If the customer’s behaviour is curtailed, the floor-manager waits until near the end of the shift to record the details of the experience in the Customer Behaviour Tracking Log and alerting the business manager (or owner) of any further support if required/desired.
A whero (RED) situation:
A team-member encounters a customer that expresses overtly offensive comments or touching that makes the team-member feel unsafe.
Mia Griffiths’ experience of repetitive racial abuse was a ‘code red’.
That team-member quietly tells the floor-manager (or supervisor) that they have a red situation.
The floor-manager does not ask any questions, they immediately relieve the person of justifying their need for help, and the manager takes over the care of that immediate area. It is possible that the team-member will be upset – allow for a distanced administrative task, or for the team member to go home if desired (on full pay).
In some situations, a code red can be diffused in a similar fashion to an orange, however, a code red situation sometimes involves removing the guest from the premises.
Regardless of whether the guest’s behaviour is immediately curtailed, the floor-manager alerts the business manager (or owner) for immediate support.
If the customer’s behaviour is immediately diffused, their name (booking name) is nevertheless recorded, and the incident is detailed in the Customer Behaviour Tracking Log.
Depending on the details of the incident, the business manager and owner may decide to issue a polite, but firm, electronic warning to that customer, or in the case of severe inappropriate behaviour – the appropriate response may be to issue a customer ban.
In a severe situation, where a possible crime has been committed, (and only a possible crime, not evidence of an actual crime) then the Police should be called to sensitively extract and question the customer, (by ‘sensitively’ we mean in such a way that minimises disruption to other guests as much as possible).
The whole process needs to be managed in such a way that prioritises the safety of the team, and the safety of the other guests. Direct confrontation is not always the wisest response, at least direct confrontation that is not fully supported by appropriate legal muscle. Calm and respectful behaviour is always the best course of action.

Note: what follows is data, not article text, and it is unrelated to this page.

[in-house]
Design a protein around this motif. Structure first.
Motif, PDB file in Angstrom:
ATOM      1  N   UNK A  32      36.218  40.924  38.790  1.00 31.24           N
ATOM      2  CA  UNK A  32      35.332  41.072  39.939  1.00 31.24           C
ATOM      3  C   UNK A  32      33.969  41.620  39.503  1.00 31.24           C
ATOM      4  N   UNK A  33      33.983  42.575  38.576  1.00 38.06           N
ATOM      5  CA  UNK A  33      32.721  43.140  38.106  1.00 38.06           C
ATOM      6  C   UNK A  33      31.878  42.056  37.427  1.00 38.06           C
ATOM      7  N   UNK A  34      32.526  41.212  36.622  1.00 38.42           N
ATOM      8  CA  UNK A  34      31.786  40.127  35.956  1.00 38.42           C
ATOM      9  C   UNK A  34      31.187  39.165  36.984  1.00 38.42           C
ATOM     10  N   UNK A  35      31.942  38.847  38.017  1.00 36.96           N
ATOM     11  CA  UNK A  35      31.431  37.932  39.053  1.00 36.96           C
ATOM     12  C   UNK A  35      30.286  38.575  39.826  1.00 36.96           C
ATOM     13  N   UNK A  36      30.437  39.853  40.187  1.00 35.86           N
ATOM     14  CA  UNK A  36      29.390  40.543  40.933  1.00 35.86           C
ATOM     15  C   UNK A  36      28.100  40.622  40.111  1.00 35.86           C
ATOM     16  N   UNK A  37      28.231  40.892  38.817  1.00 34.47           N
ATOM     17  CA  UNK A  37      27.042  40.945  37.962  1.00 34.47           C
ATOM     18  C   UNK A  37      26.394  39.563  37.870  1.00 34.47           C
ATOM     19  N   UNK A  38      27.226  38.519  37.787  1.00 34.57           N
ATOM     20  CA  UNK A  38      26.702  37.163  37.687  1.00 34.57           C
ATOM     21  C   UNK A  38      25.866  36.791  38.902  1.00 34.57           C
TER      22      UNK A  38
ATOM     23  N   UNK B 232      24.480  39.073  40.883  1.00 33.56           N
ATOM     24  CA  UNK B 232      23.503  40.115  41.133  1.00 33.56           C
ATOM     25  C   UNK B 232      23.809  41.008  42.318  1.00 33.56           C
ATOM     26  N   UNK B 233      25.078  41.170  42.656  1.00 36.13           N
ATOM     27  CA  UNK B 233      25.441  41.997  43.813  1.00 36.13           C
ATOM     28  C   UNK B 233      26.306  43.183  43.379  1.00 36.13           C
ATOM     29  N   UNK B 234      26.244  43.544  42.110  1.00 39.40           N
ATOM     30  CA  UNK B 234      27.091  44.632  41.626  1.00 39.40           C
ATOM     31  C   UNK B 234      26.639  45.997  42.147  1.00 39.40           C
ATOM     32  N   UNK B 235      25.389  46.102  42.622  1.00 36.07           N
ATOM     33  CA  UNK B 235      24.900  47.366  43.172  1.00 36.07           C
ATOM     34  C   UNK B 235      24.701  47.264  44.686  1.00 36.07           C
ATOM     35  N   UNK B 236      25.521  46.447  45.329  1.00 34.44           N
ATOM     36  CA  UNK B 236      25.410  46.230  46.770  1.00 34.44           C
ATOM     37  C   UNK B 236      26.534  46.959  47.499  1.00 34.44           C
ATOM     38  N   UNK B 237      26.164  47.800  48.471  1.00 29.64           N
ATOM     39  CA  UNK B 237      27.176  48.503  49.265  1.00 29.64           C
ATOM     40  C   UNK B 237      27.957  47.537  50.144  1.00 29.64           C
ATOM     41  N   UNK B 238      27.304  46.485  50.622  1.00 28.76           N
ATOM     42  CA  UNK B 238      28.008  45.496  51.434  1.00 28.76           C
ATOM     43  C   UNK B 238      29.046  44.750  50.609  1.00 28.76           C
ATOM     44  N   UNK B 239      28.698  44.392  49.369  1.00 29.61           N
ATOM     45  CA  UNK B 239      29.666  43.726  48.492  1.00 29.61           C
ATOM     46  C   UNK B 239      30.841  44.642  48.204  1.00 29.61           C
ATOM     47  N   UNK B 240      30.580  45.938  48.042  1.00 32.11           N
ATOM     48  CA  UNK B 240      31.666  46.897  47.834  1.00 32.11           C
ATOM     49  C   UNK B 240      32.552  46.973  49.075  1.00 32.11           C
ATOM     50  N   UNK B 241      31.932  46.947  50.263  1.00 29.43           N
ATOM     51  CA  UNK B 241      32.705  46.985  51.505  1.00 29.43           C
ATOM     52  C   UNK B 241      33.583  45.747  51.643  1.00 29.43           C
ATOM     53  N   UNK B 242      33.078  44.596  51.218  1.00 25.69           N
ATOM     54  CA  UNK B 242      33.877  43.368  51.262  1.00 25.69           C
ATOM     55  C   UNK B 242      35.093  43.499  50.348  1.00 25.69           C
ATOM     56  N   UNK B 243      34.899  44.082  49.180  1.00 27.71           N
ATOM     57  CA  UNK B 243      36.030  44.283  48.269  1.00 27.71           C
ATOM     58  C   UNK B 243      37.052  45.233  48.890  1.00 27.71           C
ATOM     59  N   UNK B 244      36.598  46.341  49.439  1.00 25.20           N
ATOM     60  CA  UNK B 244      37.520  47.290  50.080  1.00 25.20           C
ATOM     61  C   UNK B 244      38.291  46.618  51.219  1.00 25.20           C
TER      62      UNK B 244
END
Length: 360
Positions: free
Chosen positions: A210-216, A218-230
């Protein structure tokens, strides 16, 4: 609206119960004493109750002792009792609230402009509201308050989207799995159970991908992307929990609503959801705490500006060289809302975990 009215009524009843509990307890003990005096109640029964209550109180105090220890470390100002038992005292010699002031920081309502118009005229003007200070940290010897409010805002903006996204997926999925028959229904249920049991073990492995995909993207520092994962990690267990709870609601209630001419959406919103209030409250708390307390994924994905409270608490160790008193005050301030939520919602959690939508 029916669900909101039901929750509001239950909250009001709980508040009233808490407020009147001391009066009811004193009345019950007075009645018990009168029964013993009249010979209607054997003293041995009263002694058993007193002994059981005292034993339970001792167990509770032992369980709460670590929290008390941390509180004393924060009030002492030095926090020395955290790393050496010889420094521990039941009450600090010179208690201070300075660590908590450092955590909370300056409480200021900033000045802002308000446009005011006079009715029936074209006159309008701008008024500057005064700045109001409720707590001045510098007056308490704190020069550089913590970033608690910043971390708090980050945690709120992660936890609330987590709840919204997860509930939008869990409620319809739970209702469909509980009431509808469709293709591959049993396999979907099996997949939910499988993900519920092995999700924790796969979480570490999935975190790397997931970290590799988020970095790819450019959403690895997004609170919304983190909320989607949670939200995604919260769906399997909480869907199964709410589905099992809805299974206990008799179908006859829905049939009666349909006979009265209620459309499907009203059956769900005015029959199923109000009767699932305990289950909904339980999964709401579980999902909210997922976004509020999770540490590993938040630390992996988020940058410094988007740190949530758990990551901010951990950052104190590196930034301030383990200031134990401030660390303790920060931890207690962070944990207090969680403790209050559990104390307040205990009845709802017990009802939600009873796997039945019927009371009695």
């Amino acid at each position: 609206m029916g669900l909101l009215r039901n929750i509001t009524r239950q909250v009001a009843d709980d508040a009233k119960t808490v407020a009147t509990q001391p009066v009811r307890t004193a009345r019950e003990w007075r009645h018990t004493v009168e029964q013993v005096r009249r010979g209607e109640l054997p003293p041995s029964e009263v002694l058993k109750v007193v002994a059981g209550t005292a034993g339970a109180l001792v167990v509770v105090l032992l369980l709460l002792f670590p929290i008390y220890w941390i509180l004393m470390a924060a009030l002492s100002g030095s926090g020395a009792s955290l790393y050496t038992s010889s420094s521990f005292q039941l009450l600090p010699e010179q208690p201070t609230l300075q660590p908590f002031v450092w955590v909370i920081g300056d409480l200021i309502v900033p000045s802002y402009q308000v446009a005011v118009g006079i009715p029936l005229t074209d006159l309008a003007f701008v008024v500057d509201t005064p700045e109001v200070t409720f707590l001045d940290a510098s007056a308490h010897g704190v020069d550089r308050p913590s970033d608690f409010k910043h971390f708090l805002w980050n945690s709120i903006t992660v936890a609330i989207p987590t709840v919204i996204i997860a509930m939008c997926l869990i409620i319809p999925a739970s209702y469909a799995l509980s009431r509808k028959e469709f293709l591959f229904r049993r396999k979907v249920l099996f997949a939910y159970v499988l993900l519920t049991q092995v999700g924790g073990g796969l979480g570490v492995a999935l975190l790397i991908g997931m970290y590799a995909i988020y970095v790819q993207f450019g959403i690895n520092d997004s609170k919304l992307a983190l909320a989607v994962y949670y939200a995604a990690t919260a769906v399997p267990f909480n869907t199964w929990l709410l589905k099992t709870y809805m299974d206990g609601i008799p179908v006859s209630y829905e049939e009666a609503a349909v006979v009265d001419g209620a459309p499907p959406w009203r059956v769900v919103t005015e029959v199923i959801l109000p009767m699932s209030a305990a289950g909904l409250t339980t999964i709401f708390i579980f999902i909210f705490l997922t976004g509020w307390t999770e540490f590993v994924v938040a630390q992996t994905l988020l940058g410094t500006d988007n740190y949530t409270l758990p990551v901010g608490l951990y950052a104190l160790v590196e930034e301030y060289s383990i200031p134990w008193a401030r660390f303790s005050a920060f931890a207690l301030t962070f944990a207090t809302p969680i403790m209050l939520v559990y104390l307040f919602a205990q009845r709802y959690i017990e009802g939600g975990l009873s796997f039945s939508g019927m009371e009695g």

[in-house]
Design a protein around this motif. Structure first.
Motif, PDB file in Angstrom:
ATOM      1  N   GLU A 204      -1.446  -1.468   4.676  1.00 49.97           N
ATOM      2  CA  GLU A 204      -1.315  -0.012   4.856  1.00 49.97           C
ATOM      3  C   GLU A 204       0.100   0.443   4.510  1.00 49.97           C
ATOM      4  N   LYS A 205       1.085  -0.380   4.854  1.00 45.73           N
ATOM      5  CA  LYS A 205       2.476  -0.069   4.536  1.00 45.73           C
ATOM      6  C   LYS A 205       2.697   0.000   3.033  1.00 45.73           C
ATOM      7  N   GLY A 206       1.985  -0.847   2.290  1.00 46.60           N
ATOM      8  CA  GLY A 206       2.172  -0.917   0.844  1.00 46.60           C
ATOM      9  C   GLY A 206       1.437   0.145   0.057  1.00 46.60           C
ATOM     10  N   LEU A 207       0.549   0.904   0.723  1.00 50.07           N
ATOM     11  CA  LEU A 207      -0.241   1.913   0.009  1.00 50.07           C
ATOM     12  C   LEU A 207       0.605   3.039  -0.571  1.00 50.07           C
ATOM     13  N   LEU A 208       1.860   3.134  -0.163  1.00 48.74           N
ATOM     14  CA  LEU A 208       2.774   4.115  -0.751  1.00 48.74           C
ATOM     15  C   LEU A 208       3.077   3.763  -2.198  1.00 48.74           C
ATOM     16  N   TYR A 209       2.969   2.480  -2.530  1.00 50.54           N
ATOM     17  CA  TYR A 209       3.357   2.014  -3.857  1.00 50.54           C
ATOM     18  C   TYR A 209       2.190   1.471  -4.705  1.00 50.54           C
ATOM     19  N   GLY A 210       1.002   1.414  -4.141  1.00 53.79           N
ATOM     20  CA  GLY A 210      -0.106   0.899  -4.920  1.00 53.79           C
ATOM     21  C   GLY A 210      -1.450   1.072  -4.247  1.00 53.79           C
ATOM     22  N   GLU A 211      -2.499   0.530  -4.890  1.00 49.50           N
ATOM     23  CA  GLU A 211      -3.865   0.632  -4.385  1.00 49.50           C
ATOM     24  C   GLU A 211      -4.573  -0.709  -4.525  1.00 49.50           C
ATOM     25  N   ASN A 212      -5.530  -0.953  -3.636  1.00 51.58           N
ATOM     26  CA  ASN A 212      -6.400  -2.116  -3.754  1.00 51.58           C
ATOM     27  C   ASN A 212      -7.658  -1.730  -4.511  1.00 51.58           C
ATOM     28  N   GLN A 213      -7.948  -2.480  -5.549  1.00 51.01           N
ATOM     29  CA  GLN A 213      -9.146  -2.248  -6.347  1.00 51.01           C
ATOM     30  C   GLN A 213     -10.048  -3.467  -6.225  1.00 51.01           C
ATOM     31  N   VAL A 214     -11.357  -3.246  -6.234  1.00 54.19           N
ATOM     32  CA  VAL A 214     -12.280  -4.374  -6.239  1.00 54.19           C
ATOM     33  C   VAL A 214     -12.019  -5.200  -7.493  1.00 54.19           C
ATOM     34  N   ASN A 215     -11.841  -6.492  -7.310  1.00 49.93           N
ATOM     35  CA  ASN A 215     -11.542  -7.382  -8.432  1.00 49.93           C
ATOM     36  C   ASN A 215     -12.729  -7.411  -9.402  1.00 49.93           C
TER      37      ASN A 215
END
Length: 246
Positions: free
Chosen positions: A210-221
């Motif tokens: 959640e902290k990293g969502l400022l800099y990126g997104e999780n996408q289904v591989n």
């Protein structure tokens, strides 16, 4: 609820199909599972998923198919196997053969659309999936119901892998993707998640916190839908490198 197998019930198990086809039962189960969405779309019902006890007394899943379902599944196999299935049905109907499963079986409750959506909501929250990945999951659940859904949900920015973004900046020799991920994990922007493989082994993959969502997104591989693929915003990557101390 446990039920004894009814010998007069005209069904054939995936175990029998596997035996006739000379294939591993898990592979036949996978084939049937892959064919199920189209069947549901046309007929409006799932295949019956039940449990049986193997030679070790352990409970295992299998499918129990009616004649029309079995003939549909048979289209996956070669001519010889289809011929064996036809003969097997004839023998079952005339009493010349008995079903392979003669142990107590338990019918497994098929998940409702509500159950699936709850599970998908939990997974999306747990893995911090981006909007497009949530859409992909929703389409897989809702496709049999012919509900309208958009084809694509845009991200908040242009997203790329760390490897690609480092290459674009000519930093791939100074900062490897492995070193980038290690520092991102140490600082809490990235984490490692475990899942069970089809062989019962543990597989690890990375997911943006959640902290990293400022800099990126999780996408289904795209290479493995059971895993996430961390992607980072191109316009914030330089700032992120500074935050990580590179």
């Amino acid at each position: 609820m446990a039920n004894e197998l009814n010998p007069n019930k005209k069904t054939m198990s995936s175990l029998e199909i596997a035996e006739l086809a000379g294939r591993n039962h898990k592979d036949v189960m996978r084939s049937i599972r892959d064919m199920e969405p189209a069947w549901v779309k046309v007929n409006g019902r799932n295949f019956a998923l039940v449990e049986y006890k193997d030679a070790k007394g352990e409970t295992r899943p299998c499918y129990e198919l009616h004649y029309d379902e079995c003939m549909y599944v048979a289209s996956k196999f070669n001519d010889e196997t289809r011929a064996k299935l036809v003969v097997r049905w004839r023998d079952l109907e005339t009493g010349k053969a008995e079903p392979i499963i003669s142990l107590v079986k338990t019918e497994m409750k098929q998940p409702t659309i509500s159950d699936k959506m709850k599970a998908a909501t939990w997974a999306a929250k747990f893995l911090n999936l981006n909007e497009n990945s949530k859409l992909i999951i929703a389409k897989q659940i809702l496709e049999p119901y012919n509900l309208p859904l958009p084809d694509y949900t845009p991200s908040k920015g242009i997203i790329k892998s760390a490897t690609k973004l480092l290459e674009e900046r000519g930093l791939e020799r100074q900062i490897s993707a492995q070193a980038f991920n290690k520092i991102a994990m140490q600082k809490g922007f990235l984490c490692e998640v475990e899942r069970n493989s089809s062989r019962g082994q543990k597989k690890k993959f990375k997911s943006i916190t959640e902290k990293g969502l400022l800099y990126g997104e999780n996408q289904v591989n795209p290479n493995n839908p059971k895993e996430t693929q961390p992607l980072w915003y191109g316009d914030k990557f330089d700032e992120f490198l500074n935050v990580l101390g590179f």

Such a strategy highlights the need for a rigorous system that collects ‘guest’ names early and an approach that builds early respectful relationships with guests.
Anonymous ‘customers’ – rather than named ‘guests’ are more likely to misbehave.
Such a strategy also highlights the need to avoid skeleton crews, or shifts run without the support of experienced management.
A great place to work is prepared for when things go wrong.
Finally, your business may decide that it is appropriate to provide a clear set of ‘guest behaviour expectations’ at the entrance to your business. Guest behaviour expectations can be clever, creative and attractive but powerful at the same time. If you have made your guest behaviour expectations, clear – issuing a warning or ban is straight-forward to justify.
Whatever the details of your strategy, Mia has taught us that we must all have a comprehensive system that lets our team know that we have their back.
Thank you, Mia Griffiths, we’re sorry you went through that, but thank you for having the courage to remind us about the importance of proactively building a great place to work.
Alexis O’Connell – The Hospitality Company